On any given night in my home these days, there are multiple renditions of the beloved classic, “A Christmas Carol,” being performed. One night, it was with an army of nutcrackers. On another, with Barbies and a cameo from Olaf. Last night, a star-studded cast of stuffed animals. Why is that this year my children are all a-glow with this cherished of Christmas stories?
It could be because we were invited, so kindly by a church member, to see the live performance at The Little Theatre of Alexandria, “Tiny Tim’s Christmas Carol.” It could be the many times they have watched the Muppet or the darling Mickey Mouse version. But, if I had to really put my finger on it- I believe the credit goes to the new movie, “Spirited.” To those of you who have not had the privilege of watching it, this isn’t a spoiler alert- just an old fashioned plug for this new fangled twist on a classic.
My fascination for the story of grumpy old Scrooge came early in my life. My dear father’s favorite movie is the 1951 version with Alastair Sims.
The truly treasured time with my family was not simply in watching Scrooge upon the small Tv screen, rather it was the happiness that was written all over my father’s face throughout. To witness the unfolding of the main character’s crass, crooked ways- turned loving and loyal. What an opportunity it would be! And could it possibly be the dream that haunts us all deep down? To have a second chance at joy?
In the new adaptation, “Spirited,” the premise is taking Ryan Reynold’s stiff, stone-cold, selfish character – marked an “unredeemable”– and teach him that people can, indeed, be changed. You find yourself cheering for him the entire movie to have that true Scrooge moment- when he sees his waywardness, and with repentance and a renewed heart yells, “I’ll change, I’ll change…”
However, his response in a song (yes- there’s SO much singing to my joy- it’s a musical!) has brought upon much reflection in this house…
“So try to do a little good
Maybe give a little more
Work a little harder than you did the day before (Work a little harder)
It only takes a little good
And some doin’ what you can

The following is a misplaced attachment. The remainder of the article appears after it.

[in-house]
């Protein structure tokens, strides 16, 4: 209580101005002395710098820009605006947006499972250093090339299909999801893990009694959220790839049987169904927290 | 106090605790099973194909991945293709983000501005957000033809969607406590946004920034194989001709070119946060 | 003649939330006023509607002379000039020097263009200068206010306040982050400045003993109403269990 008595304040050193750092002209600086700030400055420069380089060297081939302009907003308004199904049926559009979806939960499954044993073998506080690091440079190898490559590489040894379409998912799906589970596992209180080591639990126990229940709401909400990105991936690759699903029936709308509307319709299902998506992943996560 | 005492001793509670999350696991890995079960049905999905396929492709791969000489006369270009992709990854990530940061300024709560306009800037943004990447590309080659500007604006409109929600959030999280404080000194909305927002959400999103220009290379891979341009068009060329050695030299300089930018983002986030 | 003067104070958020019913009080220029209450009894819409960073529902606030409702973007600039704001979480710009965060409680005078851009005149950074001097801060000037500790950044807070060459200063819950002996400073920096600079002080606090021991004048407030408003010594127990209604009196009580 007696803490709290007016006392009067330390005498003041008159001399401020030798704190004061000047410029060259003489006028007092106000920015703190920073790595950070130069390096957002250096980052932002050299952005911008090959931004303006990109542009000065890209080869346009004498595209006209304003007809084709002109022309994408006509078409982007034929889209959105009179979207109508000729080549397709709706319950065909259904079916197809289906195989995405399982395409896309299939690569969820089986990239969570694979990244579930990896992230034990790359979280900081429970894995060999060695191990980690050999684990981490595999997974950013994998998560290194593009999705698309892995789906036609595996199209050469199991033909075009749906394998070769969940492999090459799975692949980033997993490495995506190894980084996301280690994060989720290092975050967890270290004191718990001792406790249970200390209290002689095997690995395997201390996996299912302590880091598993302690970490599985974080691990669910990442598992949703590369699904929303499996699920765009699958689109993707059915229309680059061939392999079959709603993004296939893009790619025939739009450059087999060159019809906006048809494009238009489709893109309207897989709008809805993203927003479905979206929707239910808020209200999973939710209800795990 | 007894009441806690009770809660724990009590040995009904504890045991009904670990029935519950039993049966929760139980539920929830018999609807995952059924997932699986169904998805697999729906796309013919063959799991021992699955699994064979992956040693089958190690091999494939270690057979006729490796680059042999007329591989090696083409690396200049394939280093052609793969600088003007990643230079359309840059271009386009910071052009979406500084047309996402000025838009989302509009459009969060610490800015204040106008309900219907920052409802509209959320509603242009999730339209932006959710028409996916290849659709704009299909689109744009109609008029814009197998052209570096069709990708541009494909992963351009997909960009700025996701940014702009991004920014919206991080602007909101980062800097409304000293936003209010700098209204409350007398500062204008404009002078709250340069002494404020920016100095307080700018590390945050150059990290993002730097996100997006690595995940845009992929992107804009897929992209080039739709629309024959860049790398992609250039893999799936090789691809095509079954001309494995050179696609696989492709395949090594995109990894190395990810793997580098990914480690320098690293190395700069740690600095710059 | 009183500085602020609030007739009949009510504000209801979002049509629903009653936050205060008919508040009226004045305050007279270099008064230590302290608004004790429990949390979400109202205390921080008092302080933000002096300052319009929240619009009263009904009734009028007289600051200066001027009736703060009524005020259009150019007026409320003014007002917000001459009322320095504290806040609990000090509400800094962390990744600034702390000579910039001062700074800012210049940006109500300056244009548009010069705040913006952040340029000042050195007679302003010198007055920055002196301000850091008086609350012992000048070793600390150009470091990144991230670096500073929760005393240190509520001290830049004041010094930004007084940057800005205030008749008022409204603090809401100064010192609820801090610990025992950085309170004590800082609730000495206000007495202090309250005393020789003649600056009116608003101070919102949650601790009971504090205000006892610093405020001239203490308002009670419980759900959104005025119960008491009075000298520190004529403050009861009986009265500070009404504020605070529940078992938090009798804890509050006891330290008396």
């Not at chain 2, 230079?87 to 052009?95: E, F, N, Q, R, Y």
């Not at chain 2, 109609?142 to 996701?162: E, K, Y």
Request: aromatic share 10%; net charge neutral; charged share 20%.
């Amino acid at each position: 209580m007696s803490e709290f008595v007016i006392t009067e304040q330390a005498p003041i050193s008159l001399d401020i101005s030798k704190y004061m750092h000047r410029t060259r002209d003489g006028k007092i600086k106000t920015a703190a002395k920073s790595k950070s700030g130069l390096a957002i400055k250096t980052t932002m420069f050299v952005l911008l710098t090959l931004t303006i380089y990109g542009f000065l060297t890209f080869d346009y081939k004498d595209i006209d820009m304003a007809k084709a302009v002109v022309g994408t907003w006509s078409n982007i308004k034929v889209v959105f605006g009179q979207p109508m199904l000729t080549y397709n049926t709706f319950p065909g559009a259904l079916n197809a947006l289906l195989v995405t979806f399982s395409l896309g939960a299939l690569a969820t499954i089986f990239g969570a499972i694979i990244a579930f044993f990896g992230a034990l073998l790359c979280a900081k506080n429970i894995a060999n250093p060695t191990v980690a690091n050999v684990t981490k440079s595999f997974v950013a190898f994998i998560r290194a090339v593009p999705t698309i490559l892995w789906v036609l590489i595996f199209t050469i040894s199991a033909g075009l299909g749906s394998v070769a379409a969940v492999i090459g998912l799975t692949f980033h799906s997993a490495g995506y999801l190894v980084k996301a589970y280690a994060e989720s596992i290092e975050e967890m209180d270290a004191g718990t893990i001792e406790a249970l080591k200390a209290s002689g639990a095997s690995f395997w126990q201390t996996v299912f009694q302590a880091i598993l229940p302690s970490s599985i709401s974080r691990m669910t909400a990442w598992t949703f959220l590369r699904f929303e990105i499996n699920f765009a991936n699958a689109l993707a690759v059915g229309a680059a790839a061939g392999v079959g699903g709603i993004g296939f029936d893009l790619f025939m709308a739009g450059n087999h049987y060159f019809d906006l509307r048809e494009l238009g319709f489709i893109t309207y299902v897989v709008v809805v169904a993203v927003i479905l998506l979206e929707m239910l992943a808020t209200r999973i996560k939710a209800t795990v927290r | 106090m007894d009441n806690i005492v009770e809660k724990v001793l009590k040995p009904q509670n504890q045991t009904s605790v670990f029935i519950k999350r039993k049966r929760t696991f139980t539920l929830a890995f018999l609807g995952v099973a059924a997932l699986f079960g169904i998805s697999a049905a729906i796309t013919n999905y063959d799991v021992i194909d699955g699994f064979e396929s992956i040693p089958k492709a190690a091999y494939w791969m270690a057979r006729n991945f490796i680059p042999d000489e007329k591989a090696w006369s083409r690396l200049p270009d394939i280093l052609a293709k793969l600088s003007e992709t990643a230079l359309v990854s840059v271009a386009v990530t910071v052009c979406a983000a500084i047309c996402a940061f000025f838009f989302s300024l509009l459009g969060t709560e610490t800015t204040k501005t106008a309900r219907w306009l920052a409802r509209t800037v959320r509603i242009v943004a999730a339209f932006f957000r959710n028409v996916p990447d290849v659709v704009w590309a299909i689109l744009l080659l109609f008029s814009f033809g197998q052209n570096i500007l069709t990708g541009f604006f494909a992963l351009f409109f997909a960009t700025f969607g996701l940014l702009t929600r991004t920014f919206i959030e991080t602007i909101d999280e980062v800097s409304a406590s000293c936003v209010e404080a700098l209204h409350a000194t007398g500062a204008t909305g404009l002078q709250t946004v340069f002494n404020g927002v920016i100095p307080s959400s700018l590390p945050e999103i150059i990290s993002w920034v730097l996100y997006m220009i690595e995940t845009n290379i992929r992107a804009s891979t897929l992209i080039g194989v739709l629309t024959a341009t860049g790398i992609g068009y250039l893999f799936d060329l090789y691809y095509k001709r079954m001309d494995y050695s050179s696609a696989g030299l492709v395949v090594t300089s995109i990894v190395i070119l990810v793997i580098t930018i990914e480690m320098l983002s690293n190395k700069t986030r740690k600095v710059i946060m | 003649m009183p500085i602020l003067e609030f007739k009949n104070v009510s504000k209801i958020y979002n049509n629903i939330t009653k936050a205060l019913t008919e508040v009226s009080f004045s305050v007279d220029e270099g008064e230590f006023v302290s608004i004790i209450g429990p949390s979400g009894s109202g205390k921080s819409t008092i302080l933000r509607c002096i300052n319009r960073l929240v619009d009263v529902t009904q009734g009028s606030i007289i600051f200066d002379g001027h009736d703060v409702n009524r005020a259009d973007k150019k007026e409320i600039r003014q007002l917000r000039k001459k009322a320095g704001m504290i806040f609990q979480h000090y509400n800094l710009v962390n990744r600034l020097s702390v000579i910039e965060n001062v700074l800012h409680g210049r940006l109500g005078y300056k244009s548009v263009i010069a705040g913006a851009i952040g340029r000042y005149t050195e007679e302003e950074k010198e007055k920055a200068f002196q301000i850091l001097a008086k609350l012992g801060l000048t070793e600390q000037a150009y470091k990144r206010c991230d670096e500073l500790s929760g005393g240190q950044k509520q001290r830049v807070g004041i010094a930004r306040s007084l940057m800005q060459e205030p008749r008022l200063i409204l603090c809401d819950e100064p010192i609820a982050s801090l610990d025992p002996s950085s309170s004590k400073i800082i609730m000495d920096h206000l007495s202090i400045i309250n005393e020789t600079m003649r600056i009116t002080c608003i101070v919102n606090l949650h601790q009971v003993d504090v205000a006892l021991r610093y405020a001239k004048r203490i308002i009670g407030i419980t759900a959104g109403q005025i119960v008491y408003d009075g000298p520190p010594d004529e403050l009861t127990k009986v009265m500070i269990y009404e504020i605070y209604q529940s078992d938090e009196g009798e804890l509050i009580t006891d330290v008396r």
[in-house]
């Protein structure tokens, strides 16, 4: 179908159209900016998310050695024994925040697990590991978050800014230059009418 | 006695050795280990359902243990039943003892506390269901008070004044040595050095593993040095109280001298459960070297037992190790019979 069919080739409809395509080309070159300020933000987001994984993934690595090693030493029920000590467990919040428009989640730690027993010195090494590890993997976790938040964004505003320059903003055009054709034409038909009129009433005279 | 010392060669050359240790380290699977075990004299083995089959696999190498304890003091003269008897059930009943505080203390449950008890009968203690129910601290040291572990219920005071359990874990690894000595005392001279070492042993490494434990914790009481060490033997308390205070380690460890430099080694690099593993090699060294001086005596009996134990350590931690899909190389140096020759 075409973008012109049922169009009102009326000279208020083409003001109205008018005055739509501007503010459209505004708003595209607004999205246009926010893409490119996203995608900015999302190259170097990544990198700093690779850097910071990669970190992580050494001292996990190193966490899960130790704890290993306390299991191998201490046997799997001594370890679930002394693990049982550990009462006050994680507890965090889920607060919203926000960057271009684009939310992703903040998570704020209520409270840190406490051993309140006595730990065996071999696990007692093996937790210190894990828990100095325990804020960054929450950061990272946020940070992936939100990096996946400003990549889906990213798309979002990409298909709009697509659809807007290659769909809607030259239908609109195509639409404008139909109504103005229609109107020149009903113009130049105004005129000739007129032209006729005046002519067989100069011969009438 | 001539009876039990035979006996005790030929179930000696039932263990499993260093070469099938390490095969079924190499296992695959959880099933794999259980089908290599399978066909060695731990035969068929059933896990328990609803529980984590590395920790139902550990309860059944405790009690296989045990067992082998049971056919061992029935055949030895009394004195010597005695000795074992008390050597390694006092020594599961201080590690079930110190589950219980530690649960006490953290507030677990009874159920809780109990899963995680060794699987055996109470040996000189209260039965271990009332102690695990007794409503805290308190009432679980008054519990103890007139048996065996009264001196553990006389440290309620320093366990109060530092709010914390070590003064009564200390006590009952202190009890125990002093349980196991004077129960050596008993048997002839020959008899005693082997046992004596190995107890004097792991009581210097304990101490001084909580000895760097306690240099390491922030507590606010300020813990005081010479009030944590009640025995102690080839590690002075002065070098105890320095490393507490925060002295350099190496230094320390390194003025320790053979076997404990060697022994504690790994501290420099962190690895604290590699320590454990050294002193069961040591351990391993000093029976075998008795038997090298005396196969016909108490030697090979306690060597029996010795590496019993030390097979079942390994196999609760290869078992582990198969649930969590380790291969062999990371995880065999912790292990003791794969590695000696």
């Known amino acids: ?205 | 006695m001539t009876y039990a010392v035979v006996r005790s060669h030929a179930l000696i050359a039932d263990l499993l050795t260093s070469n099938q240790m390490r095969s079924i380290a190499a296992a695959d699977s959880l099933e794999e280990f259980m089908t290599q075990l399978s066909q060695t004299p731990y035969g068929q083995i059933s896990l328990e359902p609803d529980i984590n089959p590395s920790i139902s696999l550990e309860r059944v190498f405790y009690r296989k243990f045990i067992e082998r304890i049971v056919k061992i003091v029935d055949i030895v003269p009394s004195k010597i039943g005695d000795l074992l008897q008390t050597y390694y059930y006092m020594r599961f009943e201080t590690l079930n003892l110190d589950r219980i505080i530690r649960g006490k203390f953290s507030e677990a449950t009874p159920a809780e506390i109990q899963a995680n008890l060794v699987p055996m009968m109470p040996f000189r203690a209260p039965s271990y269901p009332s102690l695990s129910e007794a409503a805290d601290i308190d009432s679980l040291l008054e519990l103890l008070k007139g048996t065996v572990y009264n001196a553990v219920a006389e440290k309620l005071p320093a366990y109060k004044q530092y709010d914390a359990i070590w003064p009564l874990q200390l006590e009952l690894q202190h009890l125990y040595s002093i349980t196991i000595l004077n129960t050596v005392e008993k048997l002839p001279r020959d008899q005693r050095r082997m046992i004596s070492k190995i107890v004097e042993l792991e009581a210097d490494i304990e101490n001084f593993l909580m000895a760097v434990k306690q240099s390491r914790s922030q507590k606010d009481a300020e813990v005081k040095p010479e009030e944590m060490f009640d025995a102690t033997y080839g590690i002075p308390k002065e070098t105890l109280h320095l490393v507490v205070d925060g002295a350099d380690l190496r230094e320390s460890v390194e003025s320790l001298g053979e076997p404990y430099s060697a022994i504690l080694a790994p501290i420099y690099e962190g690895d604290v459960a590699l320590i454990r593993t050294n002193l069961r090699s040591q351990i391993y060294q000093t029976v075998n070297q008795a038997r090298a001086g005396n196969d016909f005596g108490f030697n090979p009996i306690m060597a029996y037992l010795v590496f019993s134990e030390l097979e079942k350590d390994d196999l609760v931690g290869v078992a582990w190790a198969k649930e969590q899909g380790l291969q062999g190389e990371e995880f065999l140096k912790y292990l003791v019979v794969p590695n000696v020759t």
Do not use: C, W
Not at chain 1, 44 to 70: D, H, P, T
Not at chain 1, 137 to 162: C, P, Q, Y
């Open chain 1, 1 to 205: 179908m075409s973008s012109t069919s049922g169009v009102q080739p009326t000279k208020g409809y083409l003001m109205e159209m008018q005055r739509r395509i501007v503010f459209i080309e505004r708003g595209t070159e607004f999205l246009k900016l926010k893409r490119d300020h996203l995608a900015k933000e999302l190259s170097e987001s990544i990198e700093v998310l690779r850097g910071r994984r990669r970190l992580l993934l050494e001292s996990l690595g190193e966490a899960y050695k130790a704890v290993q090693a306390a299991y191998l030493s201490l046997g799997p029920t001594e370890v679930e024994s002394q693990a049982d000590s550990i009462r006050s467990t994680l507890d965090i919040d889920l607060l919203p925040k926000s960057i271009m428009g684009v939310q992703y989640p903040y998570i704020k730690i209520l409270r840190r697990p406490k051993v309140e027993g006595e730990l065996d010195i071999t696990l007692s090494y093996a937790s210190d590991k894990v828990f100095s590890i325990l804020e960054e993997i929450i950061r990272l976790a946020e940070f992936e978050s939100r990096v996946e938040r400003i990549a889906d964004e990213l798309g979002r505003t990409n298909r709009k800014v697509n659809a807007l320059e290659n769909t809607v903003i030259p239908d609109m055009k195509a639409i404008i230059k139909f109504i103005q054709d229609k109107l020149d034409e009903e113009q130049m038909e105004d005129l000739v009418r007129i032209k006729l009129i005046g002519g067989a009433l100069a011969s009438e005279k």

Takin’ every chance to make the choice to help your fellow man
So do a little good (Hey)
Just a little, just a little, just a little (Hey, hey)
Maybe there’s no magic wand
Maybe there’s no switch to flip (Oh)
Some days you may soar beyond
Some days you may soar beyond
And some days you start to slip
You can give the world some good
In the daily give-and-take
With every ripple, ripple, ripple that you make”
It it at this beautiful junction that I paint the picture of watching this movie for the first time fireside with the girls and my sister over Thanksgiving and when the words “ripple” were being sung and danced to for five minutes straight- my face was…
And no, dear friends, I certainly did not invent the word. But I did, with the encouragement of my husband and the prompting of the Holy Spirit, write a children’s book about the simple act of getting up out of bed each day and trying to spread a little kindness. And Yes, it is entitled “The Ripple.” But it isn’t just a word, or just a song, not even just a story. It’s a way of life. A decision to “be changed and BE the change.“
The magical feeling we get with any version of A Christmas Carol is watching someone receive the gift of a second chance at life. At righting the wrongs. At finding the joy that can be found everyday.
But, only believing it’s simply a Christmas classic- is to set it high on a shelf the other 364 days of the year, rather than convicted by it’s true message.
Little things make a big difference.
And, I’m going to say it…
People. Are. Good.
I believe it with every fiber of my being.
It’s why I do love my sweet story so much. It’s full of hope.
And I think it’s why we love all things Christmas.
We have been invited to play a part in this beautiful world- not just on December 25th, but each and every day. To be a ripple and spread kindness, cheer, and “just a little” good throughout the darkness and shadows. What will we say to someone? How will we react? What will we do with our time? What stirs in us, motivates us, moves us? “Goodwill” is a moment by moment choice.
On one day recently running around doing errands with Quinny:
A man at the dollar store built us a box from scratch to hold our items because they wouldn’t fit in the stroller. And then carried the box out to my car. With a smile.
At the grocery store, a woman bought June a balloon because she was reaching for one.
At McDonald’s, the server came running out to grab us as we were driving away because we didn’t have the toy in the happy meal.
We, as humanity, will certainly “take one step forward and two steps back.” But as long as we are moving forward, not relying only on the strength of ourselves to keep on this journey, but continually reaching outward, upwards.
Each of us can live a life of redemption. Every single day.
It’s His gift.
Who’s you ask?
That sweet, tiny baby born in the manger.
He came to bring you the joy you’ve lost, to right your wrongs, to light up the world, to redeem us with love and hope.
Draw close to the tiny hands, that will someday be pierced for you.
Listen to His sweet, soft breath, that He will give up for you.
There is no stopping His love.
He came for You.
To stand with you on your best days and hold you on your worst.
He came to give you a second chance, a third, as many as you need until you come home.
May the 365 days of peace on earth and goodwill towards men start today, with me and you.
Merry Christmas, dear friends.